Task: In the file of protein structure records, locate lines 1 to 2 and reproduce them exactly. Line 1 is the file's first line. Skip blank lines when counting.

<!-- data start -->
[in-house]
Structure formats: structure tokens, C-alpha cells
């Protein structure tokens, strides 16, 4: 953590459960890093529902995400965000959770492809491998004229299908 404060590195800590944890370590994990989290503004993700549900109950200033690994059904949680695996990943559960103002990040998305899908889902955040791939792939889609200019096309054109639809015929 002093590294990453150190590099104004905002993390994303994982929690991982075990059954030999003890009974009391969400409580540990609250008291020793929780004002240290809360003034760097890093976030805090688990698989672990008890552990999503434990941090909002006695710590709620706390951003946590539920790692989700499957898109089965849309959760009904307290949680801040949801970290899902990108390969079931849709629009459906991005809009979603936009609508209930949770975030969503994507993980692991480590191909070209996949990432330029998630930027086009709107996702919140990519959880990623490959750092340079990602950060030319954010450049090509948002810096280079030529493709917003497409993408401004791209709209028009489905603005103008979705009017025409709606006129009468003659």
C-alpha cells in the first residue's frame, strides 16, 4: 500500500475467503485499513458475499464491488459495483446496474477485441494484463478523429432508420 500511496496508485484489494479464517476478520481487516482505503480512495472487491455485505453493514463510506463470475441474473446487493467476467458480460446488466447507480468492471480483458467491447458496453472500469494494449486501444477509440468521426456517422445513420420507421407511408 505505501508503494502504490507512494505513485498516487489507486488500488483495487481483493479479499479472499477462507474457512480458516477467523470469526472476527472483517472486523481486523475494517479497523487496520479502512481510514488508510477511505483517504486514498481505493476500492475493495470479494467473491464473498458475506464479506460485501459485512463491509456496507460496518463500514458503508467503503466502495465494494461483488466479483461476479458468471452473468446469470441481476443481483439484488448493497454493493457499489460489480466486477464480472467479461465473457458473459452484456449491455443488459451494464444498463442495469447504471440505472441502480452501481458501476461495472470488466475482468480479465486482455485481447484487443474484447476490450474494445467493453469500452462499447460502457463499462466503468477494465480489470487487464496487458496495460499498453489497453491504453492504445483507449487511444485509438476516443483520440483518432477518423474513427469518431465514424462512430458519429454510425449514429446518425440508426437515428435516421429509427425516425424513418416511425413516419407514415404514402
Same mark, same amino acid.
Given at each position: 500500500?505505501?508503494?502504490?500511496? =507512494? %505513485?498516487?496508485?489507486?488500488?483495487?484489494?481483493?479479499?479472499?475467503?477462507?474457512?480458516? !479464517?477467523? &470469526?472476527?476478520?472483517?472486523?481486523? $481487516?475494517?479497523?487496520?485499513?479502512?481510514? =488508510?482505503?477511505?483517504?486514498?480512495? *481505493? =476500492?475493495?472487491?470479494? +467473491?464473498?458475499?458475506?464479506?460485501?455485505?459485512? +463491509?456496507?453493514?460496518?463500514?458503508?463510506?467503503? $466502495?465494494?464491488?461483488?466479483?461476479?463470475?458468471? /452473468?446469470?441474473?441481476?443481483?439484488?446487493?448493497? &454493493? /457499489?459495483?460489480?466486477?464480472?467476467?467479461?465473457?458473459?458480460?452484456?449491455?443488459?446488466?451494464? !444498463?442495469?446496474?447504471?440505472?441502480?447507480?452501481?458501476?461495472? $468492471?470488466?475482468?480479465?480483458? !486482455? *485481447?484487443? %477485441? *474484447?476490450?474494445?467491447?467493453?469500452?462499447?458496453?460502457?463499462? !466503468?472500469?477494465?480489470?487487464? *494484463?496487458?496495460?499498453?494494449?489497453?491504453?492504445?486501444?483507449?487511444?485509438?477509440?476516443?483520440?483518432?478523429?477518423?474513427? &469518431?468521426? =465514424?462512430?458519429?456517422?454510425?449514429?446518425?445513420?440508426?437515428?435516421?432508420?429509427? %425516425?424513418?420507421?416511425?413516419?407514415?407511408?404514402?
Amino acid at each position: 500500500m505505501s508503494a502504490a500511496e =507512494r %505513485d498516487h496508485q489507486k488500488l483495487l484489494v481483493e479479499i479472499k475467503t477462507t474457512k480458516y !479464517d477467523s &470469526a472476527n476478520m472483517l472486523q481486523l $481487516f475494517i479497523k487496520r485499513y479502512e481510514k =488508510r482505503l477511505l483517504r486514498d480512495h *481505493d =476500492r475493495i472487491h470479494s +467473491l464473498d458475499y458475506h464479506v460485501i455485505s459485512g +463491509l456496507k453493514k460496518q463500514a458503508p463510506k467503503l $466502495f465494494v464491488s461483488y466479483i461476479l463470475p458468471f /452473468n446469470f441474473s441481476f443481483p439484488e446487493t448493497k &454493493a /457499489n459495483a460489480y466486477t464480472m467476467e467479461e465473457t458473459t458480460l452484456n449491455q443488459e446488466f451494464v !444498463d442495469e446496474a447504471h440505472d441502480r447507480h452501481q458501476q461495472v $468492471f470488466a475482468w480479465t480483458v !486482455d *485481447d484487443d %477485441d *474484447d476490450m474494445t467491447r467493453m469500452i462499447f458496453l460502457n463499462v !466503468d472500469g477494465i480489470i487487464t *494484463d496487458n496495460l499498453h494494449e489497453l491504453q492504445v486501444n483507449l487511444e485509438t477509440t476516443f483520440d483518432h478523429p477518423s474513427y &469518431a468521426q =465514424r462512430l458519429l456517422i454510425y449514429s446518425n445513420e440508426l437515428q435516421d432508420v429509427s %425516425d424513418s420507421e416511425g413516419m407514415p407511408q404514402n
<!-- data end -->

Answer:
[in-house]
Structure formats: structure tokens, C-alpha cells